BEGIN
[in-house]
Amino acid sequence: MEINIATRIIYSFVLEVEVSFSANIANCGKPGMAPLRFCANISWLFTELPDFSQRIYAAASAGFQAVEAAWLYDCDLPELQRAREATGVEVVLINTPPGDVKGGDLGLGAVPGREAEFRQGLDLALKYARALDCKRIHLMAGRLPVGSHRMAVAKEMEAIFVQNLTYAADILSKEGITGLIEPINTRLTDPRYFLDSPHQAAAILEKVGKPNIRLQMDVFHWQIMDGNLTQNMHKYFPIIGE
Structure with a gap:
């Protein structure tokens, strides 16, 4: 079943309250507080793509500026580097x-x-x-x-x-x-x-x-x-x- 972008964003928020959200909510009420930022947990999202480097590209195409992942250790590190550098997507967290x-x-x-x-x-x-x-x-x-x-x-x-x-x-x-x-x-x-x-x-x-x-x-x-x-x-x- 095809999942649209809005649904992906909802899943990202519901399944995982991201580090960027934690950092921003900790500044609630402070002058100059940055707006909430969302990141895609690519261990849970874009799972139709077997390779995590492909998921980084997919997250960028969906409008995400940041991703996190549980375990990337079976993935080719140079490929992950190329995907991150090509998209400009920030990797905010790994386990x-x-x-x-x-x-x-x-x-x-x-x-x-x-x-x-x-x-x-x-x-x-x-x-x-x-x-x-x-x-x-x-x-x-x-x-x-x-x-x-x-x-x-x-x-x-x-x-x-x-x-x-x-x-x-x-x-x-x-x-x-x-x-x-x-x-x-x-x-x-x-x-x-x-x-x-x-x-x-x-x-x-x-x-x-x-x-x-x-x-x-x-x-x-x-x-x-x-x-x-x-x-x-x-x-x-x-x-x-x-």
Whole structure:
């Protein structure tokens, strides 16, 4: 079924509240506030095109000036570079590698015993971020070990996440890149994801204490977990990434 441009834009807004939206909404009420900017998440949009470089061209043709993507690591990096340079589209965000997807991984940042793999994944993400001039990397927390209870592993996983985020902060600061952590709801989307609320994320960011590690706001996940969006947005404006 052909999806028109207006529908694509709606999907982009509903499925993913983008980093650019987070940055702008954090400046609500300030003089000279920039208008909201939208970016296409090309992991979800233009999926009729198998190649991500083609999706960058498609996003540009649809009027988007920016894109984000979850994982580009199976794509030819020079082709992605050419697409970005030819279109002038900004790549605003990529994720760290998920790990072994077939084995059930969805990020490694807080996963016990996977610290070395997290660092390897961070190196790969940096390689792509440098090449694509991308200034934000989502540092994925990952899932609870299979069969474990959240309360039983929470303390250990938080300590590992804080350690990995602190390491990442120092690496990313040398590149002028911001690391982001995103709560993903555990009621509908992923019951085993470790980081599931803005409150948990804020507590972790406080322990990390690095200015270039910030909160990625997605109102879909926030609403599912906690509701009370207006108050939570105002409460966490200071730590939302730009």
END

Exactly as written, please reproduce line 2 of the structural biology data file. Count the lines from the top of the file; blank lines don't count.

Amino acid sequence: MEINIATRIIYSFVLEVEVSFSANIANCGKPGMAPLRFCANISWLFTELPDFSQRIYAAASAGFQAVEAAWLYDCDLPELQRAREATGVEVVLINTPPGDVKGGDLGLGAVPGREAEFRQGLDLALKYARALDCKRIHLMAGRLPVGSHRMAVAKEMEAIFVQNLTYAADILSKEGITGLIEPINTRLTDPRYFLDSPHQAAAILEKVGKPNIRLQMDVFHWQIMDGNLTQNMHKYFPIIGE